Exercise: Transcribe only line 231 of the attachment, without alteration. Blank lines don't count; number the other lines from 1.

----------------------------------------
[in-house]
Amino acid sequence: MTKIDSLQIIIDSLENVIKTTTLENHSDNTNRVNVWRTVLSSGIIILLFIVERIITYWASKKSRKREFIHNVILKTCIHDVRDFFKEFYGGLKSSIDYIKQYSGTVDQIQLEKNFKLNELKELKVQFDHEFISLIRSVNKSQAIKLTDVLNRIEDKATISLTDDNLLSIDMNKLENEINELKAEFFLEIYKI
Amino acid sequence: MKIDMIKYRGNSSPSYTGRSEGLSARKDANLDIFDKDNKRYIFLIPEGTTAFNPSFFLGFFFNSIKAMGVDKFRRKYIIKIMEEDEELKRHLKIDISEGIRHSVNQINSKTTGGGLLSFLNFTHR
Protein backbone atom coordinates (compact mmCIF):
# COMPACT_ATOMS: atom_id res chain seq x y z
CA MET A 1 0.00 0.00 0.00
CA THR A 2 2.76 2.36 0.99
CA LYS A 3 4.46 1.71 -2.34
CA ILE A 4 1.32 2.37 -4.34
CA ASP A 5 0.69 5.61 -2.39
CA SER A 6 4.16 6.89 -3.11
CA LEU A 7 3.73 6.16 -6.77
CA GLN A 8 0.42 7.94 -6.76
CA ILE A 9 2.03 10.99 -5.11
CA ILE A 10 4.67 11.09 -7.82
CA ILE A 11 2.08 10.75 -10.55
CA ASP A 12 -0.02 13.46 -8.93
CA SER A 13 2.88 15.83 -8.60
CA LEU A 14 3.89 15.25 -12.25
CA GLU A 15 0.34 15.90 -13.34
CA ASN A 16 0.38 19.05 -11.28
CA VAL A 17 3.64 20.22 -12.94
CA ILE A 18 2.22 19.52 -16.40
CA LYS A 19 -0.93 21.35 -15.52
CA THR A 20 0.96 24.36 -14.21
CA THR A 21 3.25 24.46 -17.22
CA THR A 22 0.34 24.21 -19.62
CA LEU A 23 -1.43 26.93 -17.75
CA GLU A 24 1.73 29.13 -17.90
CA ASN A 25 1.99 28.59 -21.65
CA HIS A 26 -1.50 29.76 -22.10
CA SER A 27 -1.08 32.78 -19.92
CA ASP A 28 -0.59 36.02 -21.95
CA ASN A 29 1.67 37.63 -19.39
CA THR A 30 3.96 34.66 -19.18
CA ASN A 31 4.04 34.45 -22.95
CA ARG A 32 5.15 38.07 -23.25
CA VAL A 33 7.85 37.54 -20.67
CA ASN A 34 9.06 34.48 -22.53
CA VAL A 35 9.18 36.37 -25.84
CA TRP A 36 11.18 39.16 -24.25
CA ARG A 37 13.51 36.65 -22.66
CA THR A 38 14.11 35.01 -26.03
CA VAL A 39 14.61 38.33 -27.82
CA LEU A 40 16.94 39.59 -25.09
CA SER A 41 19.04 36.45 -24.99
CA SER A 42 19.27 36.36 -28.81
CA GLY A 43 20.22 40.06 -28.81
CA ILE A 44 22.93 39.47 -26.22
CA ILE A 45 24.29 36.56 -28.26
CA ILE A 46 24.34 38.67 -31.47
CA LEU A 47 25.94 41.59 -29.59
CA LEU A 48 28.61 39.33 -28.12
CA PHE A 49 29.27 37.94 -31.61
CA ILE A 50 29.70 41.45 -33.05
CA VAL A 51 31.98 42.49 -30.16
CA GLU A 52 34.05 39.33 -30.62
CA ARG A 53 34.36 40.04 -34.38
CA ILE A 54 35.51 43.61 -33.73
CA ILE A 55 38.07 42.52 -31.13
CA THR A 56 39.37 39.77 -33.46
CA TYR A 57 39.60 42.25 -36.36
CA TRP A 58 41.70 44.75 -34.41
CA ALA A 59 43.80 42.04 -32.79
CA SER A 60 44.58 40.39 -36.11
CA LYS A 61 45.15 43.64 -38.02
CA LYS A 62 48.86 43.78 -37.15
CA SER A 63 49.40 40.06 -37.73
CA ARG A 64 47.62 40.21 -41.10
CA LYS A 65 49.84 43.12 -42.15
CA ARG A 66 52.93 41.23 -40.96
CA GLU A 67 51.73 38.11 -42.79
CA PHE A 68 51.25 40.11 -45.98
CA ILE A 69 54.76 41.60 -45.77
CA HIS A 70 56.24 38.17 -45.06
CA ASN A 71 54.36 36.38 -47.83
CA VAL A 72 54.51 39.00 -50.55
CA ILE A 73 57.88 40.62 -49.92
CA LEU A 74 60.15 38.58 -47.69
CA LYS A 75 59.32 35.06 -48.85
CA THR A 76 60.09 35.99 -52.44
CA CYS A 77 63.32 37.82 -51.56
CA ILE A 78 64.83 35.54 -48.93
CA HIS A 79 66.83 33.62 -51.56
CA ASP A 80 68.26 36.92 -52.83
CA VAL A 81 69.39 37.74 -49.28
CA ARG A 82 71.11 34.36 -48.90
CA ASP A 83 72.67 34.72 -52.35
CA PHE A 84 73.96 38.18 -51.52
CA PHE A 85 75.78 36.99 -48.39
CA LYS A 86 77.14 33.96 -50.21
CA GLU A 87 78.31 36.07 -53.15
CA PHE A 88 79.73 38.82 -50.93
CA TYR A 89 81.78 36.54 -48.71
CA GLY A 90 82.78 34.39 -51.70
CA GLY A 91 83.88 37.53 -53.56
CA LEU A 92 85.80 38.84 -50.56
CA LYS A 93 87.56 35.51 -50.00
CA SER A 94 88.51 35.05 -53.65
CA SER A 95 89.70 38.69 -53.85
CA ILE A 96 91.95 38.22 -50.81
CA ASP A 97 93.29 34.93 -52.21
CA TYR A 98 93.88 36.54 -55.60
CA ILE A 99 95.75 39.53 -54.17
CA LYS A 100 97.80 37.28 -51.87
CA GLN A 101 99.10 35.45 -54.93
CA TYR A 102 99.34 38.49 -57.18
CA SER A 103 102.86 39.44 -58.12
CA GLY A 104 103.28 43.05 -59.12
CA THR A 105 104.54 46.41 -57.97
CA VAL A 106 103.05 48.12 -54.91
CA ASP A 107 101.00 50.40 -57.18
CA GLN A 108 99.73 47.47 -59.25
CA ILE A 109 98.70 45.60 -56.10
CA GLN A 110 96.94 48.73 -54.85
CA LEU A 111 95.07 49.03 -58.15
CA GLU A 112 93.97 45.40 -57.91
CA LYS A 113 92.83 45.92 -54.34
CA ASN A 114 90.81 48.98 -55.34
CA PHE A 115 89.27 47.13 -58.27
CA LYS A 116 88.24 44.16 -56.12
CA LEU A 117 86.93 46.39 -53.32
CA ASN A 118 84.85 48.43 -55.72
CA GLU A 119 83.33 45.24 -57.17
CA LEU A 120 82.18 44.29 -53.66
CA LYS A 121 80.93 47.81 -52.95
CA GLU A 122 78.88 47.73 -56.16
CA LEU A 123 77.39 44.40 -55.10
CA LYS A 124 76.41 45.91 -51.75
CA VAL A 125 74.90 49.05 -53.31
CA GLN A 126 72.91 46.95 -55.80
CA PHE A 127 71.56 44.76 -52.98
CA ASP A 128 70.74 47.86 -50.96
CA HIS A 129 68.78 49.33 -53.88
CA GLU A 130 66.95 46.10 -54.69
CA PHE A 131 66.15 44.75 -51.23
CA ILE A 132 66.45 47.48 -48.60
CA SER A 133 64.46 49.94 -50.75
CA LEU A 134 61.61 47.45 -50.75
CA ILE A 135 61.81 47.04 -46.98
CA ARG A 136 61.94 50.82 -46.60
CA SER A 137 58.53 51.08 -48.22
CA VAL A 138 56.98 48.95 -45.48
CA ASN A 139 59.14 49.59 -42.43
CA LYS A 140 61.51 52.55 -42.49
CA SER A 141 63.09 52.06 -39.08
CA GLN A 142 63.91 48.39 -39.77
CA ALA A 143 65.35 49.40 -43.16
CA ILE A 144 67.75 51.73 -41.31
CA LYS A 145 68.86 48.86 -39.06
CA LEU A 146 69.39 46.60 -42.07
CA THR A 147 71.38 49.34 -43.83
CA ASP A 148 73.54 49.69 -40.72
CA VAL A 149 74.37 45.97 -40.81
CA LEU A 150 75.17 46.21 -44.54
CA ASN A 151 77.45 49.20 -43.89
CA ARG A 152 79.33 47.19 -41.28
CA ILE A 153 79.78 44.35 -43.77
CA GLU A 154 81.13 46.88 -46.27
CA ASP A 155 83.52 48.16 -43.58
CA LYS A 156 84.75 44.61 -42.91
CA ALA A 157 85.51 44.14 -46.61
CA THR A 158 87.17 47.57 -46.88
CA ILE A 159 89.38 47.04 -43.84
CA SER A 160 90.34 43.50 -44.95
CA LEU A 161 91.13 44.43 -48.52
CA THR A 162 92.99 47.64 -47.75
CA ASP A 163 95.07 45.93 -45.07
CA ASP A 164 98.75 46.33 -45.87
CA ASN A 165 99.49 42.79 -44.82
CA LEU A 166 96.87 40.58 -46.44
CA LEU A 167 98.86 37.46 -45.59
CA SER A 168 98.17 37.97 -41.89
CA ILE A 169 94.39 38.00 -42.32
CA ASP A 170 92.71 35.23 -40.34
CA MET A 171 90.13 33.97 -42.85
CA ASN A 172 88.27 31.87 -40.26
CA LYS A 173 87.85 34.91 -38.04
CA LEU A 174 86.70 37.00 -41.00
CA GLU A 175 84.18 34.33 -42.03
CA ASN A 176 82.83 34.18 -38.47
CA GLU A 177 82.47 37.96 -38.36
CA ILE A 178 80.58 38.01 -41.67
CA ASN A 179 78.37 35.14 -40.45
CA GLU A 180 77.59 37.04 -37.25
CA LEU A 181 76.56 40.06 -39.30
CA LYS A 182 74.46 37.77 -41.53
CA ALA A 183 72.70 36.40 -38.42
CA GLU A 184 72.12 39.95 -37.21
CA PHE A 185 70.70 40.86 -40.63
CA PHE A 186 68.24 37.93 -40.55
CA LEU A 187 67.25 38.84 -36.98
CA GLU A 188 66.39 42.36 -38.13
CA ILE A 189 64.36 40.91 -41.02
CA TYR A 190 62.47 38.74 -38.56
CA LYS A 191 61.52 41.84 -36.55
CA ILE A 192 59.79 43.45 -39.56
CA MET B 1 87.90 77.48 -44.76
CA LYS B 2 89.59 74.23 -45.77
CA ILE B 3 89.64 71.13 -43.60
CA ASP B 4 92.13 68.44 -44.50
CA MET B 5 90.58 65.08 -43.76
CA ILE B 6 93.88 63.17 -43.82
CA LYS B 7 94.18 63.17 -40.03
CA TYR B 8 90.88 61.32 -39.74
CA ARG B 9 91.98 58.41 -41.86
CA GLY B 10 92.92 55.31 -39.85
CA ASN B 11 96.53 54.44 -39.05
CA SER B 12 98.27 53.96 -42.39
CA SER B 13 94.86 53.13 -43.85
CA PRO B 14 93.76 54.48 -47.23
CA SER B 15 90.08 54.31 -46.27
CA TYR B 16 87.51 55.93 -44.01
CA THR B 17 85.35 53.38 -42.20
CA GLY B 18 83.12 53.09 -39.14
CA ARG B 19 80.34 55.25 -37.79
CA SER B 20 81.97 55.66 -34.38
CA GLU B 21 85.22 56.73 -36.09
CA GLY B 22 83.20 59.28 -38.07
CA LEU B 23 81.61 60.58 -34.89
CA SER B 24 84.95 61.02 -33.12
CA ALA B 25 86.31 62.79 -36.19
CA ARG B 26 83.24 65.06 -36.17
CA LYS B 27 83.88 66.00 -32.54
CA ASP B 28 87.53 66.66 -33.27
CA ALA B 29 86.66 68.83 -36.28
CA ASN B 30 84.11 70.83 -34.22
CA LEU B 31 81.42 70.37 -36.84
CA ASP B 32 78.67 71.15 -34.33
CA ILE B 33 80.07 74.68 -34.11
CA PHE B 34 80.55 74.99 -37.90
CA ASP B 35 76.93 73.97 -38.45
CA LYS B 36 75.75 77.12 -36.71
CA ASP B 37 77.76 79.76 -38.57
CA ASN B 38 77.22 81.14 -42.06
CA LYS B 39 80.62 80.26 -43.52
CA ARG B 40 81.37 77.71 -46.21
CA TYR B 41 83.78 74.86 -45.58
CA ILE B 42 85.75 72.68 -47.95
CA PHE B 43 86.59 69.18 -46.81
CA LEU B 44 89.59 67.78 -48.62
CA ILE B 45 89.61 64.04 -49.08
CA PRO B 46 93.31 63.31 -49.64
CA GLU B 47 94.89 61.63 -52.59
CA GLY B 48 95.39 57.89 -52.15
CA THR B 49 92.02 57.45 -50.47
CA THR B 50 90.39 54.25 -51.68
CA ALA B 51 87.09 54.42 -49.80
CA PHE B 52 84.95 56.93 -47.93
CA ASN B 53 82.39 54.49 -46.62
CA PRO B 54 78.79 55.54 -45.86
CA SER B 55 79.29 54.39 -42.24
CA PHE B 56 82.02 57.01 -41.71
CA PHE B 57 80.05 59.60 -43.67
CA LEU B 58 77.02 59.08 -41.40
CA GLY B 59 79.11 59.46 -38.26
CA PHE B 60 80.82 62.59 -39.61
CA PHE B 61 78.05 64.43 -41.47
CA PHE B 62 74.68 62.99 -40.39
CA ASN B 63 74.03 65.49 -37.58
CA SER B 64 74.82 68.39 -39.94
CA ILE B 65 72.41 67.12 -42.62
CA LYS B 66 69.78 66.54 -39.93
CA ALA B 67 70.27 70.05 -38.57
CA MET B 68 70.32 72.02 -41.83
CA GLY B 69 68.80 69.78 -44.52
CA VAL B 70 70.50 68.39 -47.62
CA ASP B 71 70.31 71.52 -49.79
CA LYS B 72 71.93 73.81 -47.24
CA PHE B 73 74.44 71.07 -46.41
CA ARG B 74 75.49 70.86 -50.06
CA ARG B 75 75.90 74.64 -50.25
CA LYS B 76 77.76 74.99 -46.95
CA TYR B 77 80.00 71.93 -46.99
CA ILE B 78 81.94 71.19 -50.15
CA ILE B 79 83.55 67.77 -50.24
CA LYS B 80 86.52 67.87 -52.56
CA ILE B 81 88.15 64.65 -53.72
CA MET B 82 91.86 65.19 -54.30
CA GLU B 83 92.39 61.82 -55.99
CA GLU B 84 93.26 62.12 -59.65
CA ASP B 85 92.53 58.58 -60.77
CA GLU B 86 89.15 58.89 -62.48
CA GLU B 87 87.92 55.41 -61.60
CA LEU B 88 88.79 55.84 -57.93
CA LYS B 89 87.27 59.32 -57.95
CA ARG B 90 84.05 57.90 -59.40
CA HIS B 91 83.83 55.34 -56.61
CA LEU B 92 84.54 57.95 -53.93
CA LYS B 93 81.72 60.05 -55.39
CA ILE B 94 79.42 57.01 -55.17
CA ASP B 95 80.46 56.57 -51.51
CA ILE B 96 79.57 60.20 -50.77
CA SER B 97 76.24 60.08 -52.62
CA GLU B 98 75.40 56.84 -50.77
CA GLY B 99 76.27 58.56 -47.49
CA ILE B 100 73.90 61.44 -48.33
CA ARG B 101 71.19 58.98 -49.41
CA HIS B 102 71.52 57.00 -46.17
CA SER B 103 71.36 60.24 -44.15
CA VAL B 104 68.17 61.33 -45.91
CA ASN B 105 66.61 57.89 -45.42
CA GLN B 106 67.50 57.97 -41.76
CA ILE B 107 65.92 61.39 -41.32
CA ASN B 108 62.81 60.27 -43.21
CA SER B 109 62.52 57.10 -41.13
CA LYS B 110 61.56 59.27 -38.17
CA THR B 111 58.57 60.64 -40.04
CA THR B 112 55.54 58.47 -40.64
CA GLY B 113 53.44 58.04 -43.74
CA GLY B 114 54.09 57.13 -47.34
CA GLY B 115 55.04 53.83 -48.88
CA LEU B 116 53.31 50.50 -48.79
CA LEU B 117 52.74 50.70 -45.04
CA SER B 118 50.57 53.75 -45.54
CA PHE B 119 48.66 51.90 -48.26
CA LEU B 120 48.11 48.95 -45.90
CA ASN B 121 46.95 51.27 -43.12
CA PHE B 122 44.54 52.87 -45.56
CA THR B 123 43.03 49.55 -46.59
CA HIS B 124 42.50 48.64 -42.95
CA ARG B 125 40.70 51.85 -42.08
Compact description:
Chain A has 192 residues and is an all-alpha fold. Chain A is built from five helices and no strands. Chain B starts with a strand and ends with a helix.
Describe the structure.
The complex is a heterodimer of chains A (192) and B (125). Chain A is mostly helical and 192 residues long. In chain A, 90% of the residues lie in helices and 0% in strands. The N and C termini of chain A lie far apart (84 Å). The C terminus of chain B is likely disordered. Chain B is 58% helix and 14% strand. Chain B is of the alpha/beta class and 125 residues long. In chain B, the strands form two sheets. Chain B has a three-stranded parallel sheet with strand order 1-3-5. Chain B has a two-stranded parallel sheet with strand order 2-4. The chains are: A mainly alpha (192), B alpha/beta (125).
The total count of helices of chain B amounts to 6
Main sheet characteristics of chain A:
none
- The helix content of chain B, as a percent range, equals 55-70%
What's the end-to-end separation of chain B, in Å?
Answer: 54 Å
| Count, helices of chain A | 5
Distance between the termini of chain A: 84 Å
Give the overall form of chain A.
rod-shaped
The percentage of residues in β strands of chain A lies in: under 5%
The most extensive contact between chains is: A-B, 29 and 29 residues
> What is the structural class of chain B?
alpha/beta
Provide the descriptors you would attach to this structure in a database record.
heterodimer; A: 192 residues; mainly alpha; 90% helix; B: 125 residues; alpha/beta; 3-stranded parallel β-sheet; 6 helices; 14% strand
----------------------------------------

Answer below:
CA PHE B 34 80.55 74.99 -37.90